France and Turkey are seeing tourism numbers dwindle as terrorism strikes this and last year have taken a bite out of one of their largest markets, according to the World Travel & Tourism Council (WTTC).
Turkey appears to be the country posting the largest losses with data indicating that bookings for the September-December period are down by 52 percent compared to the same period last year. Arrivals slumped by 15 percent in the August 2015-July 2016 period year-on-year.
At the same time, the militant attacks in Paris, Brussels and Nice have resulted in lower demand for travel to Europe with bookings for the September-December period in France dropping by 20 percent.
Indicatively, France’s travel and tourism sector will contribute a mere 1.1 percent to GDP in 2016, down from a previous forecast of 2.9 percent with the number of foreign tourists dwindling in the second quarter. Tourist traffic to France fell by 5.4 percent from August 2015 to July 2016 compared to the same period last year.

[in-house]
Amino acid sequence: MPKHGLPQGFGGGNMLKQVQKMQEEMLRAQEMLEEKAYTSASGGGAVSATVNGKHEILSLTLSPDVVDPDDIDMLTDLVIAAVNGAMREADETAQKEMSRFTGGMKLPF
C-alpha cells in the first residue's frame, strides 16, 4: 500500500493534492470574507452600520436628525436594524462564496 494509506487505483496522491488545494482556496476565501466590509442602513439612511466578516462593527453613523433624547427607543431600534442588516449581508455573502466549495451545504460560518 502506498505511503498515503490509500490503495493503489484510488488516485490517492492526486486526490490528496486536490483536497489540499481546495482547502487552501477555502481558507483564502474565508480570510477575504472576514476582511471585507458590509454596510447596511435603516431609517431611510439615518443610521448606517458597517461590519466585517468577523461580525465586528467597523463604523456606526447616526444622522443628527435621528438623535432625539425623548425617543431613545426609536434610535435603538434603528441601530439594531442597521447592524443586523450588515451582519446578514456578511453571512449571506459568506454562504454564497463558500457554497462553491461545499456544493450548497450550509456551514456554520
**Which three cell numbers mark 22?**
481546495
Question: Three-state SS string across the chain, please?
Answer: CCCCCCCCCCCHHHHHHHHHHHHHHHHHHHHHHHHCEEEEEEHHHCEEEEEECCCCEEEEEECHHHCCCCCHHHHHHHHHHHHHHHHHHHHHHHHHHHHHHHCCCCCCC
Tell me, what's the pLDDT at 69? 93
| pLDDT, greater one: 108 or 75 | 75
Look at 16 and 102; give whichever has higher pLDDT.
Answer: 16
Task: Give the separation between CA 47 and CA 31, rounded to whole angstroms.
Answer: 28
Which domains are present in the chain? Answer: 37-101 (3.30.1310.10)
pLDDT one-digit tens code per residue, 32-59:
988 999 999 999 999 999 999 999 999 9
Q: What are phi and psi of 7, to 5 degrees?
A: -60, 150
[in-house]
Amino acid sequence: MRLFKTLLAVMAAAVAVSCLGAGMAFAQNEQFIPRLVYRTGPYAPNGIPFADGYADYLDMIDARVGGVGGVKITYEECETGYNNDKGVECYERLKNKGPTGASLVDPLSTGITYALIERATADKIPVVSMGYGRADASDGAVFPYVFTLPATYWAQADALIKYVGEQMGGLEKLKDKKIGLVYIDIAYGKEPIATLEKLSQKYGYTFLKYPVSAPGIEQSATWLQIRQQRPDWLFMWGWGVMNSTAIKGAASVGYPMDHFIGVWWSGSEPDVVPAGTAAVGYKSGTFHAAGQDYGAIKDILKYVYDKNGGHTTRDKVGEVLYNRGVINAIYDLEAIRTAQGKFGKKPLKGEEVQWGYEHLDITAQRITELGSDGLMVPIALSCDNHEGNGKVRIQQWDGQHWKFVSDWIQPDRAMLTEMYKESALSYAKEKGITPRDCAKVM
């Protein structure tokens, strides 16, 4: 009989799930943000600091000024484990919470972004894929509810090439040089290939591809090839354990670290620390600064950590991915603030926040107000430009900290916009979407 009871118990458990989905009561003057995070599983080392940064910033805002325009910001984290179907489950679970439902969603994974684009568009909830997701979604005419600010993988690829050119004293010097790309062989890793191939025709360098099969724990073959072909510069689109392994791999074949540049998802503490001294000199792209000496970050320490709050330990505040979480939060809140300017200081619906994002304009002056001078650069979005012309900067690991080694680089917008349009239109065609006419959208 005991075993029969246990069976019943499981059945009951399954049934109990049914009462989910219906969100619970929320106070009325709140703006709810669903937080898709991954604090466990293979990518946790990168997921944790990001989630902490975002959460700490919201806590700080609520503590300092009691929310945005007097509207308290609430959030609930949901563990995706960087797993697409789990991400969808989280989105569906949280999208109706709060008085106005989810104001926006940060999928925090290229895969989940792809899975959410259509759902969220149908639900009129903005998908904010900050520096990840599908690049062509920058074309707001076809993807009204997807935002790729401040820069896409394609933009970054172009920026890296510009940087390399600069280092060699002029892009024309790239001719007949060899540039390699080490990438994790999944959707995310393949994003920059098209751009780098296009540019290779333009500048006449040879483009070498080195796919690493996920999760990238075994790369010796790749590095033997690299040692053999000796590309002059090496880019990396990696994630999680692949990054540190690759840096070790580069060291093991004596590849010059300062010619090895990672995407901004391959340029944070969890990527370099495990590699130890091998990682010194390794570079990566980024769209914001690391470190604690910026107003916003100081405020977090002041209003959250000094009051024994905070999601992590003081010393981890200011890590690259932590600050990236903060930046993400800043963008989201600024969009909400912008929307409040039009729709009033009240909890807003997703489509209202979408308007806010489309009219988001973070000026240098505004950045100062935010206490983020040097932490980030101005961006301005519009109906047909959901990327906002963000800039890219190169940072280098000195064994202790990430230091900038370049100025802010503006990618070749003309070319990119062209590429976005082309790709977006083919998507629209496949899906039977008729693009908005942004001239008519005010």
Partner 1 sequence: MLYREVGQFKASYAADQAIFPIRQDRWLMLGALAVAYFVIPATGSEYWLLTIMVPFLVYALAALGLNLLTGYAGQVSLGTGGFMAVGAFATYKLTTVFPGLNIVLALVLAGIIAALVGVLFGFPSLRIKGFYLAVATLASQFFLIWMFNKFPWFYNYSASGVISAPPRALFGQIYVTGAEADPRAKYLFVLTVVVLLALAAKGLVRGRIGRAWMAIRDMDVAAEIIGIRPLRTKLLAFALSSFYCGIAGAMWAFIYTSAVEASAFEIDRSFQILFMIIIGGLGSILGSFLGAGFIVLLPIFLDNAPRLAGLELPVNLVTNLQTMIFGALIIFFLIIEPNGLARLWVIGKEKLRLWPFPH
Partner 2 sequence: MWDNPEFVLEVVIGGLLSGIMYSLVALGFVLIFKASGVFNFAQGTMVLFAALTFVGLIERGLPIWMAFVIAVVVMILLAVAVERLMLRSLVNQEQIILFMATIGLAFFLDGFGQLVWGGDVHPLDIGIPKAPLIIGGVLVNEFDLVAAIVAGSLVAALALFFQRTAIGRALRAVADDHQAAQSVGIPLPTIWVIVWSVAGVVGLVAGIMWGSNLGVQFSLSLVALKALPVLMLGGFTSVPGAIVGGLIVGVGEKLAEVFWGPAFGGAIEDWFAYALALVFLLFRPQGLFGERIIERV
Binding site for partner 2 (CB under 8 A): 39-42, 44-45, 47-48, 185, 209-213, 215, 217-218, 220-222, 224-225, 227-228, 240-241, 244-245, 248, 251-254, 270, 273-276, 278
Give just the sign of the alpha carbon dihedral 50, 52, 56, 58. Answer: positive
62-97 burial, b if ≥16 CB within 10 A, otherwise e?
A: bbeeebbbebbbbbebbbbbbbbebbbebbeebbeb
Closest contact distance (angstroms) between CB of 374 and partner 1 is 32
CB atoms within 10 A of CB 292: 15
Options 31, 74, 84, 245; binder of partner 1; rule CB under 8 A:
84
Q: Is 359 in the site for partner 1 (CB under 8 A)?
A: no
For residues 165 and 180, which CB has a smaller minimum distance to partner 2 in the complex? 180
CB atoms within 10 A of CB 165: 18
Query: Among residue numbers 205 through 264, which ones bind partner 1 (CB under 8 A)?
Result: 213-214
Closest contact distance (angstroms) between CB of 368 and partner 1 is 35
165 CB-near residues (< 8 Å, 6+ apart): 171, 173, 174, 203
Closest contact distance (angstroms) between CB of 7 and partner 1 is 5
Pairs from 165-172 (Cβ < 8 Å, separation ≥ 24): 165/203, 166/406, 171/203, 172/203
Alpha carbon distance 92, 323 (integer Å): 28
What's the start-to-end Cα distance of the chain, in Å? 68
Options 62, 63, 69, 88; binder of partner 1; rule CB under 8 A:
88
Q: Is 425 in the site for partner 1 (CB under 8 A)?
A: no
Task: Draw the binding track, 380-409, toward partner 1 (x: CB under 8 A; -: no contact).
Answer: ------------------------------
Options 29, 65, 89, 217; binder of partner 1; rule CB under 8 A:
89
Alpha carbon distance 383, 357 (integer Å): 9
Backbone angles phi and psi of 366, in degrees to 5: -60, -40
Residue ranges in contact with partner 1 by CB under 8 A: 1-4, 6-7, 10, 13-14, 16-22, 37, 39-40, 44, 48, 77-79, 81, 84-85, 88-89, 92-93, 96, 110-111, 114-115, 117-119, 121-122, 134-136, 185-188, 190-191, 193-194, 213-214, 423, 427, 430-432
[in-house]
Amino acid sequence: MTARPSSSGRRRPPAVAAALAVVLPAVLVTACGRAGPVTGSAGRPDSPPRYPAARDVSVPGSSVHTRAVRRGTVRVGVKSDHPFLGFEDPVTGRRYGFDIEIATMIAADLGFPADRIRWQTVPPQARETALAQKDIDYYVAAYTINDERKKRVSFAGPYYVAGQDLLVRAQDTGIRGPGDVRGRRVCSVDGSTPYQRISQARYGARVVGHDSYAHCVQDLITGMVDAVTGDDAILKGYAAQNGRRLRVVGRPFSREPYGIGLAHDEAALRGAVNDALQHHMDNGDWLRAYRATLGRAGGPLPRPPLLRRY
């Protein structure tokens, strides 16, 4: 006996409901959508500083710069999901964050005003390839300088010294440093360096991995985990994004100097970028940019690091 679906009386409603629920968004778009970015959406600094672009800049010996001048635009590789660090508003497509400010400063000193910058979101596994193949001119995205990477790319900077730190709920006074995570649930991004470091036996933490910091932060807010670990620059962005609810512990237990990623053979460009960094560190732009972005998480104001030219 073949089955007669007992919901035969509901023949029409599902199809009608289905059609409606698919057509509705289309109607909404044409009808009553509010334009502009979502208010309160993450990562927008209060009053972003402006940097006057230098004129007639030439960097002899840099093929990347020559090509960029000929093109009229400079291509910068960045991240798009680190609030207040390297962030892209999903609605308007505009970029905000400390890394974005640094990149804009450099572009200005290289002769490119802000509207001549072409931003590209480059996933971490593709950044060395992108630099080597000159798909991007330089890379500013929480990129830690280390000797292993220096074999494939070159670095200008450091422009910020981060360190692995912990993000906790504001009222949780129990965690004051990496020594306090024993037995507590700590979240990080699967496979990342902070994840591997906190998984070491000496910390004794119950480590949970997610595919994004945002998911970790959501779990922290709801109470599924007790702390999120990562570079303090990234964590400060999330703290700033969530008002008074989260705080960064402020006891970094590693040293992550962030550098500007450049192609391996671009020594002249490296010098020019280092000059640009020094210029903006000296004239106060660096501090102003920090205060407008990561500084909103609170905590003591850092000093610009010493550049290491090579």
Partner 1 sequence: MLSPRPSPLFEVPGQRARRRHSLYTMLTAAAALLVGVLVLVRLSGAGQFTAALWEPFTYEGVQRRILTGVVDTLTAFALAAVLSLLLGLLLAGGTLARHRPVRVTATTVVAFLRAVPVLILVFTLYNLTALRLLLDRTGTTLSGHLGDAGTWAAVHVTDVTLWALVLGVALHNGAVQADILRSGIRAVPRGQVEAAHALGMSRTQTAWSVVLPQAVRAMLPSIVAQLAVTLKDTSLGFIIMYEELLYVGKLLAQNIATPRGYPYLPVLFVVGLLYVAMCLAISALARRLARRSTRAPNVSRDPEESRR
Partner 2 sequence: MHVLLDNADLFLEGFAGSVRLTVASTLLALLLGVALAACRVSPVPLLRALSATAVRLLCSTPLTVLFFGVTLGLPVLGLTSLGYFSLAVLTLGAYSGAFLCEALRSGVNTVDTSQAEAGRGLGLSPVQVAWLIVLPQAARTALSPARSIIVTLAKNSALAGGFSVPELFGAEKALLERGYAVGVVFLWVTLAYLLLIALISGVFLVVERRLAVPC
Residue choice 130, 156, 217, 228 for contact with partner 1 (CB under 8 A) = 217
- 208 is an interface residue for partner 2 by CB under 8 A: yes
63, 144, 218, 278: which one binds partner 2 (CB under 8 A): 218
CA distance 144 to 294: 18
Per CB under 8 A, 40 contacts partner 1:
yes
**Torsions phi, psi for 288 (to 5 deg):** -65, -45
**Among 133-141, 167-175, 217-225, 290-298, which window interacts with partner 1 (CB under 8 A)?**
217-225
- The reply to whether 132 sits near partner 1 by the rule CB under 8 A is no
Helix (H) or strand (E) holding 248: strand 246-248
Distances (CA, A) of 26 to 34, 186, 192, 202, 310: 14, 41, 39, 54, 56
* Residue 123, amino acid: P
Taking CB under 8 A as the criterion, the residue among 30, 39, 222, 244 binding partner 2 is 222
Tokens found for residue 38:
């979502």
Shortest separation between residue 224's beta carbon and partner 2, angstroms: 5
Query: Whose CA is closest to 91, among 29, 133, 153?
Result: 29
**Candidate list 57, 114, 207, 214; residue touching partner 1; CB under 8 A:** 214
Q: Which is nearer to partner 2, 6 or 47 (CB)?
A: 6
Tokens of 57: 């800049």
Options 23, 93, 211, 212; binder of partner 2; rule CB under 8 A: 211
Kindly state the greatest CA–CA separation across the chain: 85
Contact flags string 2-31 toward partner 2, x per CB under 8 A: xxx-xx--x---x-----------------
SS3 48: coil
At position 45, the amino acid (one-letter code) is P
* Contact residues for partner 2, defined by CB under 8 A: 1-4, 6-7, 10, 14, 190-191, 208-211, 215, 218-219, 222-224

“The Paris incident did have an impact because it’s the first point of entry to Europe for a lot of Asian and North American travelers,” WTTC President David Scowsill, told Reuters.
In neighboring Turkey, meanwhile, the failed coup and a series of attacks have turned tourists way. A leading economic provider, the tourism sector’s contribution to GDP is estimated to shrink by 3.2 percent this year.
On a brighter note, the global travel and tourism sector has shown resilience overall and is forecast at growing grow by 3.1 percent in 2016, driven for the most part by growing numbers of travelers from China and India. According to Scowsill, Asian vacationers who usually opt for Australia, chose Europe this year instead.